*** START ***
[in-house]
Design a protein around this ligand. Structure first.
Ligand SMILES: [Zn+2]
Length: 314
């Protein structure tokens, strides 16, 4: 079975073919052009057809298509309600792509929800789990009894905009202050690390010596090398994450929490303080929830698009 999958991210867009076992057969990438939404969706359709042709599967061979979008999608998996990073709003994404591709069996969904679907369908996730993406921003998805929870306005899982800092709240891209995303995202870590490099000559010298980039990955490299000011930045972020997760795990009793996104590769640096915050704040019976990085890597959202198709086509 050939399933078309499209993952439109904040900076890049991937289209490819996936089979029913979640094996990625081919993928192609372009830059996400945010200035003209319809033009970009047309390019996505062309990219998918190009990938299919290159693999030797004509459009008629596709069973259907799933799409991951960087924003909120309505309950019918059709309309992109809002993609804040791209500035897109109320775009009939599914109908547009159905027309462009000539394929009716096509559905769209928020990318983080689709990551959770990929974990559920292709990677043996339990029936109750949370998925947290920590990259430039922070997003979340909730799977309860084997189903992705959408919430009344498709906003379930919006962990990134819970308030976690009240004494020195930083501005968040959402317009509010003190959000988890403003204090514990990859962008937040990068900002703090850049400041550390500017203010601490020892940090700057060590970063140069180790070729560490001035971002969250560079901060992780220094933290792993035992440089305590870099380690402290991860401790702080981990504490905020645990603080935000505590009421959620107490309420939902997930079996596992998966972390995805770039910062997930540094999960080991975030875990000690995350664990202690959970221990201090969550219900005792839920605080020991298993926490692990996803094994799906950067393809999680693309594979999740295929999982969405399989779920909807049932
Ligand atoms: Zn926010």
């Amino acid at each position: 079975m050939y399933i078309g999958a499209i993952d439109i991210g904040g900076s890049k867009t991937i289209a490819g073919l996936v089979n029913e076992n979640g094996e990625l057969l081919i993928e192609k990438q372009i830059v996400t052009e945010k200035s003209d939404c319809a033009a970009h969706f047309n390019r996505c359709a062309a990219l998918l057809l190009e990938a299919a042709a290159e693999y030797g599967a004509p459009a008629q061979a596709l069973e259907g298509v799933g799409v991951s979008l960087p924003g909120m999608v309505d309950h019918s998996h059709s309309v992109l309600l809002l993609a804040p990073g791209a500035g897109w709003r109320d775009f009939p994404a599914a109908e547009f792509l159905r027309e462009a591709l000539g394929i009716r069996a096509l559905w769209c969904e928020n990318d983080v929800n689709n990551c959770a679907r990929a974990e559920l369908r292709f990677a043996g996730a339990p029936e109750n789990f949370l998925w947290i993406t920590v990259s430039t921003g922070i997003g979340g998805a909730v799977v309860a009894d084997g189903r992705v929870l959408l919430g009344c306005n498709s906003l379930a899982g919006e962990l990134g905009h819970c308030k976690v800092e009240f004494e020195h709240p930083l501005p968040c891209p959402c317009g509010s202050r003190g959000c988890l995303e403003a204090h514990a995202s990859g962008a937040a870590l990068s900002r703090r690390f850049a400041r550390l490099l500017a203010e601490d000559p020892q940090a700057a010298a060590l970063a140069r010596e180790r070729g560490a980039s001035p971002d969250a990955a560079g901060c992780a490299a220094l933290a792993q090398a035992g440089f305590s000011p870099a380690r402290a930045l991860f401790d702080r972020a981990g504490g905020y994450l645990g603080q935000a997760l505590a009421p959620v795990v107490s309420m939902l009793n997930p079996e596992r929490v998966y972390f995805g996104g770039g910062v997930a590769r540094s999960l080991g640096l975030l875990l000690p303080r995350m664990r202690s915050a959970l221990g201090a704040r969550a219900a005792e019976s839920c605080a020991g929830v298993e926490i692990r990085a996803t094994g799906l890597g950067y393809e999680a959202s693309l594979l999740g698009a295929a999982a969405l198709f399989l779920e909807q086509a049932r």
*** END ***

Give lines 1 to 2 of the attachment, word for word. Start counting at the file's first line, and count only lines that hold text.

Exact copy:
[in-house]
Design a protein around this ligand. Structure first.